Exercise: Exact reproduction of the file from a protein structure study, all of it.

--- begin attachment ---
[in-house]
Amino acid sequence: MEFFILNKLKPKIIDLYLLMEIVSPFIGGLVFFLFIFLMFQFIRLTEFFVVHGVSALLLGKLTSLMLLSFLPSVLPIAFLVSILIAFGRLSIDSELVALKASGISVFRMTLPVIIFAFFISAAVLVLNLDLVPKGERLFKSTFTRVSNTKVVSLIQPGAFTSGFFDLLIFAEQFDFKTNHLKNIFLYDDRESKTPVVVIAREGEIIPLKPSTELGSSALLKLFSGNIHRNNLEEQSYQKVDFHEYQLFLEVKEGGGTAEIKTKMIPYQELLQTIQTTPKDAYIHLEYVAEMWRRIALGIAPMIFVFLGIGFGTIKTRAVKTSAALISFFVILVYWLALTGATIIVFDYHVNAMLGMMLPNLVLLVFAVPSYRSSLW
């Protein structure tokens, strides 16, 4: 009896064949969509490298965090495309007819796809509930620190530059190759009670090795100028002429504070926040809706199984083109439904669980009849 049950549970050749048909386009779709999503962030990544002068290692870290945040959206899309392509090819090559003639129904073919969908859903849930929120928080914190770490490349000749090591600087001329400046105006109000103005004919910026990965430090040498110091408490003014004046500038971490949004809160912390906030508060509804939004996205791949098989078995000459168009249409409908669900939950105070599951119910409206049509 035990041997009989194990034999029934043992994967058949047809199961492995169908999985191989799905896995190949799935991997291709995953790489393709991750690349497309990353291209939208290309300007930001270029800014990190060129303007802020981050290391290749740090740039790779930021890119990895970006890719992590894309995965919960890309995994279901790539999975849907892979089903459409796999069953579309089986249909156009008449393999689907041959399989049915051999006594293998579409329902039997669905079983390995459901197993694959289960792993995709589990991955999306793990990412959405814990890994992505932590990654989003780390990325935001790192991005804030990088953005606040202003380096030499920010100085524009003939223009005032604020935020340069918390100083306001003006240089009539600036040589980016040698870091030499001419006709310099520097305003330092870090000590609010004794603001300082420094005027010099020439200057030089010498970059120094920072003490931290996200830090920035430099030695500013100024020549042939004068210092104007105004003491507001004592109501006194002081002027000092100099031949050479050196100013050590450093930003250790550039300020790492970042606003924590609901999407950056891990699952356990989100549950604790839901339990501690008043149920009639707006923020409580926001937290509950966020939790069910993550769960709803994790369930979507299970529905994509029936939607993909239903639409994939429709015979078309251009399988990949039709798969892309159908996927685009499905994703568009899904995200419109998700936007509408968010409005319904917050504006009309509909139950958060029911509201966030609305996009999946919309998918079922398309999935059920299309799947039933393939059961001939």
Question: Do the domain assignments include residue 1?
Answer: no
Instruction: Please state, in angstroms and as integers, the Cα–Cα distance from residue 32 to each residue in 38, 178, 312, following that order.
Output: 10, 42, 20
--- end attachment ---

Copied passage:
[in-house]
Amino acid sequence: MEFFILNKLKPKIIDLYLLMEIVSPFIGGLVFFLFIFLMFQFIRLTEFFVVHGVSALLLGKLTSLMLLSFLPSVLPIAFLVSILIAFGRLSIDSELVALKASGISVFRMTLPVIIFAFFISAAVLVLNLDLVPKGERLFKSTFTRVSNTKVVSLIQPGAFTSGFFDLLIFAEQFDFKTNHLKNIFLYDDRESKTPVVVIAREGEIIPLKPSTELGSSALLKLFSGNIHRNNLEEQSYQKVDFHEYQLFLEVKEGGGTAEIKTKMIPYQELLQTIQTTPKDAYIHLEYVAEMWRRIALGIAPMIFVFLGIGFGTIKTRAVKTSAALISFFVILVYWLALTGATIIVFDYHVNAMLGMMLPNLVLLVFAVPSYRSSLW
């Protein structure tokens, strides 16, 4: 009896064949969509490298965090495309007819796809509930620190530059190759009670090795100028002429504070926040809706199984083109439904669980009849 049950549970050749048909386009779709999503962030990544002068290692870290945040959206899309392509090819090559003639129904073919969908859903849930929120928080914190770490490349000749090591600087001329400046105006109000103005004919910026990965430090040498110091408490003014004046500038971490949004809160912390906030508060509804939004996205791949098989078995000459168009249409409908669900939950105070599951119910409206049509 035990041997009989194990034999029934043992994967058949047809199961492995169908999985191989799905896995190949799935991997291709995953790489393709991750690349497309990353291209939208290309300007930001270029800014990190060129303007802020981050290391290749740090740039790779930021890119990895970006890719992590894309995965919960890309995994279901790539999975849907892979089903459409796999069953579309089986249909156009008449393999689907041959399989049915051999006594293998579409329902039997669905079983390995459901197993694959289960792993995709589990991955999306793990990412959405814990890994992505932590990654989003780390990325935001790192991005804030990088953005606040202003380096030499920010100085524009003939223009005032604020935020340069918390100083306001003006240089009539600036040589980016040698870091030499001419006709310099520097305003330092870090000590609010004794603001300082420094005027010099020439200057030089010498970059120094920072003490931290996200830090920035430099030695500013100024020549042939004068210092104007105004003491507001004592109501006194002081002027000092100099031949050479050196100013050590450093930003250790550039300020790492970042606003924590609901999407950056891990699952356990989100549950604790839901339990501690008043149920009639707006923020409580926001937290509950966020939790069910993550769960709803994790369930979507299970529905994509029936939607993909239903639409994939429709015979078309251009399988990949039709798969892309159908996927685009499905994703568009899904995200419109998700936007509408968010409005319904917050504006009309509909139950958060029911509201966030609305996009999946919309998918079922398309999935059920299309799947039933393939059961001939």
Question: Do the domain assignments include residue 1?
Answer: no
Instruction: Please state, in angstroms and as integers, the Cα–Cα distance from residue 32 to each residue in 38, 178, 312, following that order.
Output: 10, 42, 20